Pseudo-Marxist reformists

. While the avowed reformists tend to blunt a militant class fight, a number of parties and groups that claim to be Marxist revolutionary workers' trends are no closer to an independent class stand. For example the Socialist Workers Party (SWP) and the Workers' World Party (WWP), which both come out of the Trotskyist tradition, tout the sell-out trade union bureaucrats and various reformist groups tied to the Democratic Party as the leaders of a great rebellion against energy deregulation. Thus, in an editorial in the January 22 edition of the SWP's The Militant, they declare "The unions and farmer organizations" can lead the anti-deregulation movement. This movement will supposedly lead to "nationalized" energy "run as public utilities for the benefit of the majority rather than the interests of a handful of super-wealthy capitalists, bankers and bondholders. " So the AFL-CIO, which betrays the workers to the capitalists daily, and which in California at least has not supported public power, is now going to build a great mass movement that will lead to public power across the country. And not the ordinary state-capitalist public power mind you, but one that allegedly is run by the masses against the capitalists!

. The WWP has similar dreams about the union bureaucrats and reformists leading a powerful mass struggle. They do this by simply promoting unity between the present organizations without bothering to examine what these groups actually stand for. In a WWP editorial of March 1, for instance, they say the key thing is "the entire labor movement must mobilize, together with the environmentalists and the anti-globalization forces. And all must unite with the Black, Latin and Asian communities for struggle. " They don't mention that the present labor movement is under the thumb of the AFL-CIO labor traitors, nor that the main national minority organization are under meek liberal leadership as are the larger environmental groups. Nor do they distinguish between trends in the anti-globalization movement.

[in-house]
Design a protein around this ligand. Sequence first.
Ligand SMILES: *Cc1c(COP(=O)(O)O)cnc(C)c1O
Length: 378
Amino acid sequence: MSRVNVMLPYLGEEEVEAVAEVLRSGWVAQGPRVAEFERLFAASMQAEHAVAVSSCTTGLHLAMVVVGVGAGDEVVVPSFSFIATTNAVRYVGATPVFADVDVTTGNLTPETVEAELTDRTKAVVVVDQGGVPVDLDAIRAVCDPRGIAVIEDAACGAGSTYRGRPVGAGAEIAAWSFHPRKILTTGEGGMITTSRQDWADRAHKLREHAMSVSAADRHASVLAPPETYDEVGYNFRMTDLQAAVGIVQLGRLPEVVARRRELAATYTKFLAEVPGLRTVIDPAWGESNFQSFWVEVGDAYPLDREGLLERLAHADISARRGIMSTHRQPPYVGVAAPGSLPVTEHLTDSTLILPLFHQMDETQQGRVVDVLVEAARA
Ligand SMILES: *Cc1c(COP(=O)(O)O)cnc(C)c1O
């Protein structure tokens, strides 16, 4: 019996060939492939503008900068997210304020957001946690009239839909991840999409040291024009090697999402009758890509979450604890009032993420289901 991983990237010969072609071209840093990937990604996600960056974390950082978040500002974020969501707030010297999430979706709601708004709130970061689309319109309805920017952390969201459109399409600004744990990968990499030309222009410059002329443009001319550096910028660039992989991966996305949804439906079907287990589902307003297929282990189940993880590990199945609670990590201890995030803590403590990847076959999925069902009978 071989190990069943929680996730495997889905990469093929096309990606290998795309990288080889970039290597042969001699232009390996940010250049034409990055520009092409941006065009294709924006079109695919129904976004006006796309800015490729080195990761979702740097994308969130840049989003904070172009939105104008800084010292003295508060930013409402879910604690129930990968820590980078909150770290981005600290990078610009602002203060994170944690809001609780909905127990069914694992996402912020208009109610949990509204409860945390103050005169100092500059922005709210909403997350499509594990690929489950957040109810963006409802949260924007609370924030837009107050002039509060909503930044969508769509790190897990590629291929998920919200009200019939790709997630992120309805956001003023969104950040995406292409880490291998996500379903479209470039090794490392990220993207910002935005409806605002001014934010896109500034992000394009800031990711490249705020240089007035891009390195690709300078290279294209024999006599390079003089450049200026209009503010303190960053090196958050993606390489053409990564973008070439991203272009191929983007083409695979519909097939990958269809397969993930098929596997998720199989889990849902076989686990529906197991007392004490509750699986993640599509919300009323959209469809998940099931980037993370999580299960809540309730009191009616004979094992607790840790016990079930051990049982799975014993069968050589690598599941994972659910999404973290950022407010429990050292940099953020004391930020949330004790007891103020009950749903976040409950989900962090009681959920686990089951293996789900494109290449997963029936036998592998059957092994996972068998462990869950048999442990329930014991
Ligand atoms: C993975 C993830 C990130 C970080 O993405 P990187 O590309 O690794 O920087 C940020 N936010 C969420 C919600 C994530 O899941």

. What these alleged revolutionary workers' groups miss is the need for a class alternative to the liberal-reformist forces. Unless the workers have their own voice, have their own independent class organizations, have the ability to organize themselves for militant battles and are guided by an anti-capitalist perspective, they will be incapable of really challenging the bourgeoisie and its neo-liberal offensive.

Developing a class trend

. There are no shortcuts in rebuilding of the class trend. Large and powerful class organizations are not going to quickly spring up and the days of the major class battles are in the future. But each fiasco of the bourgeoisie provides a chance to instill a class stand. As regards the energy crisis, there are a number of tasks which can assist this process.

. The class roots of the crisis must be brought to the fore. The California crisis took place not because California state officials screwed up some details of deregulation, but because the capitalist market cannot give rise to anything else but chaos and profiteering. Nor is deregulation only the idea of a few greedy private energy producers, though they certainly reaped a fortune from it, but is part of the bourgeoisie as a whole turning to neo-liberalism. That's why deregulation was and remains such a bipartisan affair.